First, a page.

If there’s one uniting thread that runs through American music traditions, from the early days of delta blues to the modern era of hip hop, it’s the dual themes of resisting oppression and overcoming adversity.
The Blues was born from a need to express the hardships faced by African Americans in the post-civil war Deep South. The folk revival of the 60s inspired young people to stand up against war, government corruption, and racial inequality, concepts that have remained relevant through to the current day. Activist-turned-Americana-songstress Letitia VanSant carries on the torch for this proud tradition, tapping into that progressive American spirit on her debut full-length album Gut it to the Studs, set to release on February 2, 2018.
Before dedicating herself fully to her music career, the Baltimore, MD-based folk singer/songwriter was an active player in politics and progressive movements. That sense of civic duty which led her to those endeavors still drives much her work, and while Gut it to the Studs has some moments that poignantly call for social change, the overarching themes of the album are of a much more personal bent. Much of the album sees VanSant exploring the emotional benchmarks of her past, her dulcet voice preaching tenets of empathy and self-realization over a gently-picked guitar and a forlorn fiddle. Other songs discuss the institutional inequality of her native Baltimore and the disaffectedness felt by young Americans in the modern political climate. In a nod to the social movements of yesteryear, Gut it to the Studs also includes a cover of Buffalo Springfield’s classic protest song “For What it’s Worth” done in a subdued indie-inflected style.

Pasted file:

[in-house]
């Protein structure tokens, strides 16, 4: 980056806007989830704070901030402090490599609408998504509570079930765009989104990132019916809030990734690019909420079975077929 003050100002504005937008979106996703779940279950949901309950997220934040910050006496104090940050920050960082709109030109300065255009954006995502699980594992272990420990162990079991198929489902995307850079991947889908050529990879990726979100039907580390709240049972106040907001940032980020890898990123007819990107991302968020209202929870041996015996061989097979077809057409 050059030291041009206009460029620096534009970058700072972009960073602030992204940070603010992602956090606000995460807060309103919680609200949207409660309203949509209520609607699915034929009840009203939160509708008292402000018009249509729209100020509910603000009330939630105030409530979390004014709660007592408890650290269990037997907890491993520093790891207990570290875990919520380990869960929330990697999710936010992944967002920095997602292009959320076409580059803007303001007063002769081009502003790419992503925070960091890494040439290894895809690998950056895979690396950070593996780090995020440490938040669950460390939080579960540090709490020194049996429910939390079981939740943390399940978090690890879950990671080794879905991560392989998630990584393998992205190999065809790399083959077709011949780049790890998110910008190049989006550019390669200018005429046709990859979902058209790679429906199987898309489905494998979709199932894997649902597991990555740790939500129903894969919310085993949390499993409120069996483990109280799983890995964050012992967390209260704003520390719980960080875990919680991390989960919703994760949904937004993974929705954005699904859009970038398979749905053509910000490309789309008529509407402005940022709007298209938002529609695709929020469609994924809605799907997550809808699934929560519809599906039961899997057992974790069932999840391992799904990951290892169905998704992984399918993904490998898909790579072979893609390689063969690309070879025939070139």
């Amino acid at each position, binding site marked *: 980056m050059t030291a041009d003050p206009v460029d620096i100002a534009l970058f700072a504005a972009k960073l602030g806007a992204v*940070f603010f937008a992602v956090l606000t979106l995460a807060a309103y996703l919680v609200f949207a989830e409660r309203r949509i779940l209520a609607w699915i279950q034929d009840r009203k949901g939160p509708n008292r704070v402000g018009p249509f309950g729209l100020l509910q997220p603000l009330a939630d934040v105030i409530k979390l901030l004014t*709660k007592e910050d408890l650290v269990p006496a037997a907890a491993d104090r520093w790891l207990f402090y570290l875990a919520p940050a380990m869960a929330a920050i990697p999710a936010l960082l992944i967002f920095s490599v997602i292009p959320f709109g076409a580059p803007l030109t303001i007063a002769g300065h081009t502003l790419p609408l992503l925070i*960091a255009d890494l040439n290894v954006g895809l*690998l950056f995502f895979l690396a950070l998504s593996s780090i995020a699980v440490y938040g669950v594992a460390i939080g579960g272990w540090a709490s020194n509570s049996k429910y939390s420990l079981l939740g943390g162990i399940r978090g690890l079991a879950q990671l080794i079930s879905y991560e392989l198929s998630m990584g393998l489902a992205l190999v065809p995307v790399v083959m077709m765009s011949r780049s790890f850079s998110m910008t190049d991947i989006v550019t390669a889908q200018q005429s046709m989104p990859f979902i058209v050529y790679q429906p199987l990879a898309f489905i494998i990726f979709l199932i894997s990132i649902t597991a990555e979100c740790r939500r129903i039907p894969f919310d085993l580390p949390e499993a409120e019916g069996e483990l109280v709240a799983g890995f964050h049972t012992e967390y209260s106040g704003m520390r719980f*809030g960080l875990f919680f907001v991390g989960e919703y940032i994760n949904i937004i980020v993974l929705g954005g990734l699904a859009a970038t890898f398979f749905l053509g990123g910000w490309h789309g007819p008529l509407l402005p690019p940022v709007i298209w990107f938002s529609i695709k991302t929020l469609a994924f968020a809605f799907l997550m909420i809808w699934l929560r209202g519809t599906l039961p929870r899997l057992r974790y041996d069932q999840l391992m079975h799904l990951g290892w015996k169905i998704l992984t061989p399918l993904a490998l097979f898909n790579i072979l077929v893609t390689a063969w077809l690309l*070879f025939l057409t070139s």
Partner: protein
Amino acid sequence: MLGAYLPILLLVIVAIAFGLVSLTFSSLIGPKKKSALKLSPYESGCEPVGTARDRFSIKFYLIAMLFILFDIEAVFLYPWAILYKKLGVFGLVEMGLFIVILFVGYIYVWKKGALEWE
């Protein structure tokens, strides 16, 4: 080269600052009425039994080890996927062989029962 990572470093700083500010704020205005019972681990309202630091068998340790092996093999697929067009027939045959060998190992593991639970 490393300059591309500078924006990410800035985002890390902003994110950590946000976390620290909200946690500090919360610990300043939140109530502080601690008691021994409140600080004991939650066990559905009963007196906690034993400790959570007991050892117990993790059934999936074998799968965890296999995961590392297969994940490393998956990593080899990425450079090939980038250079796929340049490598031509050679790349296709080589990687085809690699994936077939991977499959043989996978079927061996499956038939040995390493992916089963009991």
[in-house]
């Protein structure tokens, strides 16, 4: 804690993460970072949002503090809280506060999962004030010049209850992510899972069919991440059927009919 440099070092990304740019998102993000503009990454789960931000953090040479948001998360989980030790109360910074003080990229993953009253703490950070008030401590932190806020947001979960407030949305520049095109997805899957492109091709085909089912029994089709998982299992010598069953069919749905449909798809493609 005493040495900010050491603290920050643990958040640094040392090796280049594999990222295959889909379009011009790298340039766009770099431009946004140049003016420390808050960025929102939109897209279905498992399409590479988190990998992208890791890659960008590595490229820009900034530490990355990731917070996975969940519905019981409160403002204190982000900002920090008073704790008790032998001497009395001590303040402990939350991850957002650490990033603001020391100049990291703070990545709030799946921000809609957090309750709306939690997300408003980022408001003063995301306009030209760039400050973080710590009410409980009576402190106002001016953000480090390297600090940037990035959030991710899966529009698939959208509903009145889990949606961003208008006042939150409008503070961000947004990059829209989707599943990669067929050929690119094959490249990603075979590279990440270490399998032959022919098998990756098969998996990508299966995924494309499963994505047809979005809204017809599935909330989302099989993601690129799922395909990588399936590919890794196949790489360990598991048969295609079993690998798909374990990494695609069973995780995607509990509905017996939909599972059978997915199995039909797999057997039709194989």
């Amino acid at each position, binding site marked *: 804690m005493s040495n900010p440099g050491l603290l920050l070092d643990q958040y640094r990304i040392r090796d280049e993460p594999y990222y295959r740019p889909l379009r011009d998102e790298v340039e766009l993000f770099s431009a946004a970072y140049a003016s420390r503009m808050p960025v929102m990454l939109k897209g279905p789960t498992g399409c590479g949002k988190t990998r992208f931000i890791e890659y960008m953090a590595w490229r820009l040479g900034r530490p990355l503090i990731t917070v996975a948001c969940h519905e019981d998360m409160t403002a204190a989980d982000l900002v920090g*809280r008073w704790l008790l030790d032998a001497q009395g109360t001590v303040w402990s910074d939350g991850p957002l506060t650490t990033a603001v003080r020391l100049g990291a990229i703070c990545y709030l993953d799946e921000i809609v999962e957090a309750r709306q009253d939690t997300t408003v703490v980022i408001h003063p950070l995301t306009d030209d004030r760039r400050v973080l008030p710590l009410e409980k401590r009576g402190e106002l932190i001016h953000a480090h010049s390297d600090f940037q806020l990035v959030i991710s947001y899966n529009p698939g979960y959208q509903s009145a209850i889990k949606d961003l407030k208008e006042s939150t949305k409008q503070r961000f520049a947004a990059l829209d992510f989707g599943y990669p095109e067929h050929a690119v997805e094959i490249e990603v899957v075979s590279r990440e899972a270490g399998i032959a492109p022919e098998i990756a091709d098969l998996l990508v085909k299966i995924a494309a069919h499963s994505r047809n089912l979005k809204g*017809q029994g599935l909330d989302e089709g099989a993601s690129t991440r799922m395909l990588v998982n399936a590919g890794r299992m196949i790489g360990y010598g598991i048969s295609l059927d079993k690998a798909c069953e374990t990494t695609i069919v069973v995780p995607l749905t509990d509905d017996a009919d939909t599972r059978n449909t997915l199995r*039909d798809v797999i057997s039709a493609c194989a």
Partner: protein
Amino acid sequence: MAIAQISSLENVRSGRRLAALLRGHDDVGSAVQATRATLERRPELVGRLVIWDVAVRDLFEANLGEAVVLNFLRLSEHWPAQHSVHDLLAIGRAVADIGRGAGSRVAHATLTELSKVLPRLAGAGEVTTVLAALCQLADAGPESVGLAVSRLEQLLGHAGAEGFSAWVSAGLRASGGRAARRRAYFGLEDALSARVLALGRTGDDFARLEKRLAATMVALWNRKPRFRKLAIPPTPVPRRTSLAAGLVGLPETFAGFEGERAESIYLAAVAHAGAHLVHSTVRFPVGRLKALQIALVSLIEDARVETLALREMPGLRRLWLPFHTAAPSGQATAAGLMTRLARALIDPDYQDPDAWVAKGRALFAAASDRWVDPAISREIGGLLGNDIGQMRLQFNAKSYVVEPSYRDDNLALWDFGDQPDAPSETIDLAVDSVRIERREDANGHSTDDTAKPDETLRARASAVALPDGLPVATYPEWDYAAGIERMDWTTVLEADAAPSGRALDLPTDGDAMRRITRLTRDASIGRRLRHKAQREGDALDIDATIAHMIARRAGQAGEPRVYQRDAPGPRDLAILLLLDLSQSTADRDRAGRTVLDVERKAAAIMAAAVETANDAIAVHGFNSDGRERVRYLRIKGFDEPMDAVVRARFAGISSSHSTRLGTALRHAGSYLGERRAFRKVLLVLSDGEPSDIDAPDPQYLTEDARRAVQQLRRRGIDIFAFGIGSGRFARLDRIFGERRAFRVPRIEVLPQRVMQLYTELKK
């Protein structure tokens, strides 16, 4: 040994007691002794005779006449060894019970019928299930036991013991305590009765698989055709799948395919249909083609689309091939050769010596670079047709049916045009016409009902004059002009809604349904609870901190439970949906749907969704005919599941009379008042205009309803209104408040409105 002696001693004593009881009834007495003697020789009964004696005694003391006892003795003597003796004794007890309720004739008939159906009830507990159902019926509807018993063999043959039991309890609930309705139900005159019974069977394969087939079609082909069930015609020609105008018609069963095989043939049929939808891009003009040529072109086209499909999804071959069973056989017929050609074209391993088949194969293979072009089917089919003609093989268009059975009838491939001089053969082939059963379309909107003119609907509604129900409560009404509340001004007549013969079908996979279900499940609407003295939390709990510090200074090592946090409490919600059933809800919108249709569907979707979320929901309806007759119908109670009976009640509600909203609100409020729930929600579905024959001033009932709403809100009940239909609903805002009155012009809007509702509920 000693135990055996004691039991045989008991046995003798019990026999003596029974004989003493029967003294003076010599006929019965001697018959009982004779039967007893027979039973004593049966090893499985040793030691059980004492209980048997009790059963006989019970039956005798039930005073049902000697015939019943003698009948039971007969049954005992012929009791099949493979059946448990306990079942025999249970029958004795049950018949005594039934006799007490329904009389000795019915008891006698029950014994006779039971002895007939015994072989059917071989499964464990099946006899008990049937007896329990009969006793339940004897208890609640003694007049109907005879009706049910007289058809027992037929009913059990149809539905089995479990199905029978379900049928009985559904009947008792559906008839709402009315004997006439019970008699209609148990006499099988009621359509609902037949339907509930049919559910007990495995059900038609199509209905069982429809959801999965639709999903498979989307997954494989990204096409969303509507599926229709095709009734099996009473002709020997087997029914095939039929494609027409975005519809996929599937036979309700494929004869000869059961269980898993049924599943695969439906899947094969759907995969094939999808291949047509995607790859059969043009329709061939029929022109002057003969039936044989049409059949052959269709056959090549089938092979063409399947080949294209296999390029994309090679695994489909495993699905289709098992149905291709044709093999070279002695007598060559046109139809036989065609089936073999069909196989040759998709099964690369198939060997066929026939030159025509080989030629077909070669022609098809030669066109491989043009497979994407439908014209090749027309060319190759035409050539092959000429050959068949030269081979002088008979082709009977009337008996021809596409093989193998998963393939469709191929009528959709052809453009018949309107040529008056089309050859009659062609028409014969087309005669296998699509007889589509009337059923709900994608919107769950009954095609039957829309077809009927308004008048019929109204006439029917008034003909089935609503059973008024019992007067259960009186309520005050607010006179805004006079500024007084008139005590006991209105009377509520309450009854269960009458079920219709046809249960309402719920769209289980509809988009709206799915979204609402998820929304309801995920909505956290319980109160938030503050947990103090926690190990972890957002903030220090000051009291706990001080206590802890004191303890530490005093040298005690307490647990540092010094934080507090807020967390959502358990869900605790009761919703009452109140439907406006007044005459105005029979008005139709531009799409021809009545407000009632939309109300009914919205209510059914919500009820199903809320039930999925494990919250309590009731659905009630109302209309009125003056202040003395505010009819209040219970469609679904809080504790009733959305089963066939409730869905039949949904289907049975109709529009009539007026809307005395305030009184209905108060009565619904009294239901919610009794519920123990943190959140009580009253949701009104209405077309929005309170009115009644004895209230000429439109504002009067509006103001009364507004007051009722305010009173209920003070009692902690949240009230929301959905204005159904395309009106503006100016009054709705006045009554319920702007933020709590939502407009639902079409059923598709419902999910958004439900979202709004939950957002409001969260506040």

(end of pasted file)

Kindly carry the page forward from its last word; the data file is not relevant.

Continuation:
Letitia displays the empathic quality of her music on the track “Come Sit by My Fire.” The song was written to comfort a loved one in a time of extreme grief: the unexpected loss of a parent. The lyrics show VanSant’s deep understanding of the sorrowful soul. She opens with the lines Oh my friend, I can only stand at the edge of your sadness and let the sorrow lap against my feet, a subtle recognition that although she wishes she could take away her friend’s pain, the best she can offer is companionship. Rather than offer hollow platitudes, VanSant touches on the sad realities at the heart of the matter, an indication of her honest approach to storytelling and testament to the comfort found in recognition of difficult truths.
Check out “Come Sit by My Fire” below, exclusively streaming on Culture Collide, and pick up the album when it comes out on February 2! Be sure to catch her on tour in February and March if you’re on the East Coast. Plus don’t miss out on VanSant’s exclusive Baltimore city guide.